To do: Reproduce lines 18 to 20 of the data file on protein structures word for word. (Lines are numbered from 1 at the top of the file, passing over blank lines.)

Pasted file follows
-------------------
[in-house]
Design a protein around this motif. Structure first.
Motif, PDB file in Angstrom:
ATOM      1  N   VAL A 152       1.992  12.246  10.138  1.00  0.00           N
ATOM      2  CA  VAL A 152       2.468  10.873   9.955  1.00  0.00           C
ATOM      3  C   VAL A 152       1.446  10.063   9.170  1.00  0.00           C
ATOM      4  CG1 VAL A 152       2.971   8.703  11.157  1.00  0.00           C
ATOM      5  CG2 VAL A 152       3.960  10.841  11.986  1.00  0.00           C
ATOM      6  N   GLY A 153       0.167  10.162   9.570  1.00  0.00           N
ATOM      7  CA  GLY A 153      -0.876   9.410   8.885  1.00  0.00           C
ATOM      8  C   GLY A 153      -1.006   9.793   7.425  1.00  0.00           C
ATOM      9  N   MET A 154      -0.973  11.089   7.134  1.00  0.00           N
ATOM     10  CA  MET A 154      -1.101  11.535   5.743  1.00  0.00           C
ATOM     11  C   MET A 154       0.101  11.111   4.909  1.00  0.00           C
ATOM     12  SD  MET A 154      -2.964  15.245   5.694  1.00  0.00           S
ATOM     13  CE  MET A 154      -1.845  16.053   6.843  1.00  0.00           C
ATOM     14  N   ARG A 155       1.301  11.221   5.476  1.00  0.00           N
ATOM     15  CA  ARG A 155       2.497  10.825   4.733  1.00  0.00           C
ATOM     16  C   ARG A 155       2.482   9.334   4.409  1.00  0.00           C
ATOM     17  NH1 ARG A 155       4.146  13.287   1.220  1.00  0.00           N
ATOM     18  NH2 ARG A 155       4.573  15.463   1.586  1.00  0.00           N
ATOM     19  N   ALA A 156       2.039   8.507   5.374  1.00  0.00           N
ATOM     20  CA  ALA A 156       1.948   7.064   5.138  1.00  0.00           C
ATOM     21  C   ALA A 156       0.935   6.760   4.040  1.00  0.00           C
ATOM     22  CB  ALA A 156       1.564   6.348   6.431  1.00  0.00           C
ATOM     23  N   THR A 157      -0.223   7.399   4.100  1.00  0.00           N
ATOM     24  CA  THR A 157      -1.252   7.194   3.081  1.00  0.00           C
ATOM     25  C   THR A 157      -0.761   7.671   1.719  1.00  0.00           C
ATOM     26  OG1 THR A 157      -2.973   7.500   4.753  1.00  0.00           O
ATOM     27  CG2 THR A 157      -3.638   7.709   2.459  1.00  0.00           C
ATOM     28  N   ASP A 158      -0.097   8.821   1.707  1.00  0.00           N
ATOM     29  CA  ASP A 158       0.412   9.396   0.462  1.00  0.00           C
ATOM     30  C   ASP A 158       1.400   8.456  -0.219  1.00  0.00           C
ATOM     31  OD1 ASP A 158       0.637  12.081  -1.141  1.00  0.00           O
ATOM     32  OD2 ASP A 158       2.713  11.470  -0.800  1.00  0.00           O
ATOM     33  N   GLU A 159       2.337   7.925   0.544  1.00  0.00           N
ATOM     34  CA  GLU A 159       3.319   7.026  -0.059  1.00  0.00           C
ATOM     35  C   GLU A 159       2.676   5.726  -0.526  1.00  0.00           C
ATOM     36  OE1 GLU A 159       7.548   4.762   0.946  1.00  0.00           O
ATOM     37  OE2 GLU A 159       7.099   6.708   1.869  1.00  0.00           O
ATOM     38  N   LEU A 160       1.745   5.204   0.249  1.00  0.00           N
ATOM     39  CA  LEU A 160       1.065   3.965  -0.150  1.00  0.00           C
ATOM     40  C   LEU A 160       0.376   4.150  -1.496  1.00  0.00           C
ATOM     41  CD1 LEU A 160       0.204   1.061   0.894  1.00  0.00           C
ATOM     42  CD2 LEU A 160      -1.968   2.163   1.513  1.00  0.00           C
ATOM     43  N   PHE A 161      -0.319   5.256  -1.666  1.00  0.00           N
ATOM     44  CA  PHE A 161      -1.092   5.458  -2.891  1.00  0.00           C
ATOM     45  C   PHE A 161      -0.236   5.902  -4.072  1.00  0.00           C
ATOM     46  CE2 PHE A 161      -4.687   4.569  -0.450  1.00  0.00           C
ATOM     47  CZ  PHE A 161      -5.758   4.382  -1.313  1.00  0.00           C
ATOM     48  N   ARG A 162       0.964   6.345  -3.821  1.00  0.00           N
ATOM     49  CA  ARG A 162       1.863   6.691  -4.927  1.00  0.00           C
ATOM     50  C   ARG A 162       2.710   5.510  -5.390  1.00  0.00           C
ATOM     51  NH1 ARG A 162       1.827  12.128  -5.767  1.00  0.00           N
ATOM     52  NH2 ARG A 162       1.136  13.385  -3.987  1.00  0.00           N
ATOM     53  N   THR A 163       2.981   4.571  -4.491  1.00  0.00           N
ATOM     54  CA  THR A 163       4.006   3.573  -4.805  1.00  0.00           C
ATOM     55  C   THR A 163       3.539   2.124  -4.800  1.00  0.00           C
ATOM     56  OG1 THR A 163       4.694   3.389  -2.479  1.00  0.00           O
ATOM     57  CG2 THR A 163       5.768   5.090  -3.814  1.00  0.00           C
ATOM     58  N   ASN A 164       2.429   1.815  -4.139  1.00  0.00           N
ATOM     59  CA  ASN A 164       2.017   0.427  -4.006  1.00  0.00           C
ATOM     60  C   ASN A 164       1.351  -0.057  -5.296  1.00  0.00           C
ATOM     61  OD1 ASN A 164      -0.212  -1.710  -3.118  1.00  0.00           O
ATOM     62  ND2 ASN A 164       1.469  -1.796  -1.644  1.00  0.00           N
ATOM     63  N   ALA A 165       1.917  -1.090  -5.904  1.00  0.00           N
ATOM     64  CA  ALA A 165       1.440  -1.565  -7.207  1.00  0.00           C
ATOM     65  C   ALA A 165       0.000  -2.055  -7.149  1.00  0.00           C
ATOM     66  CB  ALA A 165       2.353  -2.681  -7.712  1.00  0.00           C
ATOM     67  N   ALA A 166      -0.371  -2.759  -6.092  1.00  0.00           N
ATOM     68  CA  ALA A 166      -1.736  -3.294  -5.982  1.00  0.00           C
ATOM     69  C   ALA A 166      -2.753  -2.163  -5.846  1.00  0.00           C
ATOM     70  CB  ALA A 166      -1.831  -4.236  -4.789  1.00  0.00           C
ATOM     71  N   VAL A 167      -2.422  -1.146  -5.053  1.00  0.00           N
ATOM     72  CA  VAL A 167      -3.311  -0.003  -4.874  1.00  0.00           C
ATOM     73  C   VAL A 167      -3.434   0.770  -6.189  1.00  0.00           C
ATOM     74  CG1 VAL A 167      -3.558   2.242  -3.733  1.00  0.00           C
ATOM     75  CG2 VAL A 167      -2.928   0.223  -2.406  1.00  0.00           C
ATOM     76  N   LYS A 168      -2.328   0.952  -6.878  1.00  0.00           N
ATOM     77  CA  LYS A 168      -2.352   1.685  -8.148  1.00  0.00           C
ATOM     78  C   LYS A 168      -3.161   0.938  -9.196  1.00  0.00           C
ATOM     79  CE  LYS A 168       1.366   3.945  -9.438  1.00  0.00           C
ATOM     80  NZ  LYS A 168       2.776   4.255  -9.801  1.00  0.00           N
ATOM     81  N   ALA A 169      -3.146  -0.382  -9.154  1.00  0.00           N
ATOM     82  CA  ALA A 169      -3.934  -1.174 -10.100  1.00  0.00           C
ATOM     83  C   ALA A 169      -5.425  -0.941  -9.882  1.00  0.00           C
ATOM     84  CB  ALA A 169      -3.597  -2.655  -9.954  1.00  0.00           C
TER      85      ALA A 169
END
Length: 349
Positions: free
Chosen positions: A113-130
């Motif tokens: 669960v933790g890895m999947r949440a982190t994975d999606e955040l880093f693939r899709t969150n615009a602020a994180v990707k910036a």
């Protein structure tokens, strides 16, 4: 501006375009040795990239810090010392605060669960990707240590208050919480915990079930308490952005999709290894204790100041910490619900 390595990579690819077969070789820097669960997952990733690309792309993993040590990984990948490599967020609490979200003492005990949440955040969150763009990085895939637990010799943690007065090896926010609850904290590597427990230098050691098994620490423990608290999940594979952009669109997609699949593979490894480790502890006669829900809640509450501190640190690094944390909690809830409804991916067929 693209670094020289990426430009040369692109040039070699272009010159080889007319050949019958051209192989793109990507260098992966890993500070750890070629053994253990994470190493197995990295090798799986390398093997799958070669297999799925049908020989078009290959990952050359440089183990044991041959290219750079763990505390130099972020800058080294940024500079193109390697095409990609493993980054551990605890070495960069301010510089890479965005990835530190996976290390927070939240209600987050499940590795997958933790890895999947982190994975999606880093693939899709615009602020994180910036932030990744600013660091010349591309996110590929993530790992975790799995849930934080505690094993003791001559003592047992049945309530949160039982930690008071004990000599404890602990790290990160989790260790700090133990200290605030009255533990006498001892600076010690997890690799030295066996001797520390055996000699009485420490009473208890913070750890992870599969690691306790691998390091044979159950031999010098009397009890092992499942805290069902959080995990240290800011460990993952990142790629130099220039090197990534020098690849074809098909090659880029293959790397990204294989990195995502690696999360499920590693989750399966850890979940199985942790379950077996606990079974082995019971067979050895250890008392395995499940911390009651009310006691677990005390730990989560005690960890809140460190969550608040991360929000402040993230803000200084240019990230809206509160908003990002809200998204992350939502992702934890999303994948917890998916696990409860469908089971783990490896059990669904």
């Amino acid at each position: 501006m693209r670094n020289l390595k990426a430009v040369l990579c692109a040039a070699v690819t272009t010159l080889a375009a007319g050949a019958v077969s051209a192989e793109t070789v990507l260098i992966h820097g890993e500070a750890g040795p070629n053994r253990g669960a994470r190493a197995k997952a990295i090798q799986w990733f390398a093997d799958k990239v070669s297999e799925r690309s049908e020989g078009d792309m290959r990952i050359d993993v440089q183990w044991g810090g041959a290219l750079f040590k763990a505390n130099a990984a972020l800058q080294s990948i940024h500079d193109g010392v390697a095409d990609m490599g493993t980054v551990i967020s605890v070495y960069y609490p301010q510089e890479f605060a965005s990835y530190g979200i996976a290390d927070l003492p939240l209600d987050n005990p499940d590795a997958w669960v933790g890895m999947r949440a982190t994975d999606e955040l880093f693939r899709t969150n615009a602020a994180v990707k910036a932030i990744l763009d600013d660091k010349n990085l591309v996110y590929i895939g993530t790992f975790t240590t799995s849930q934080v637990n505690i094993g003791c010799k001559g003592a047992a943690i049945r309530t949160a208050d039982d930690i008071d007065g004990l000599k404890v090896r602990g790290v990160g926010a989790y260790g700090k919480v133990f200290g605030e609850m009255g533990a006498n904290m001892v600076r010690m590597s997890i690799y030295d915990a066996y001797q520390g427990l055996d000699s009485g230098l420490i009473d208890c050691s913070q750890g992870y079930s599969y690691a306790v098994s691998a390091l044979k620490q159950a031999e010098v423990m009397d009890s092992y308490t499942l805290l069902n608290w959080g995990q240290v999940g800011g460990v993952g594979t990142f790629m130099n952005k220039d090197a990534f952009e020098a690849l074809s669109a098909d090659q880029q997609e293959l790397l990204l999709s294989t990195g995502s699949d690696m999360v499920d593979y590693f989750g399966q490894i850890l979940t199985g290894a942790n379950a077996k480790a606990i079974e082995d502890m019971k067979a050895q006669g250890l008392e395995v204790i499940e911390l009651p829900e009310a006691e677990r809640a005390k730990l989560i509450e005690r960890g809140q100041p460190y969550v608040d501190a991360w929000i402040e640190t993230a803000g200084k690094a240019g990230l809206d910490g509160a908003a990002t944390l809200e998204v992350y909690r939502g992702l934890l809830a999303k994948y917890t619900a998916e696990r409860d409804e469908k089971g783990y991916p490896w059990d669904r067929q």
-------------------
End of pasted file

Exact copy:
ATOM     15  CA  ARG A 155       2.497  10.825   4.733  1.00  0.00           C
ATOM     16  C   ARG A 155       2.482   9.334   4.409  1.00  0.00           C
ATOM     17  NH1 ARG A 155       4.146  13.287   1.220  1.00  0.00           N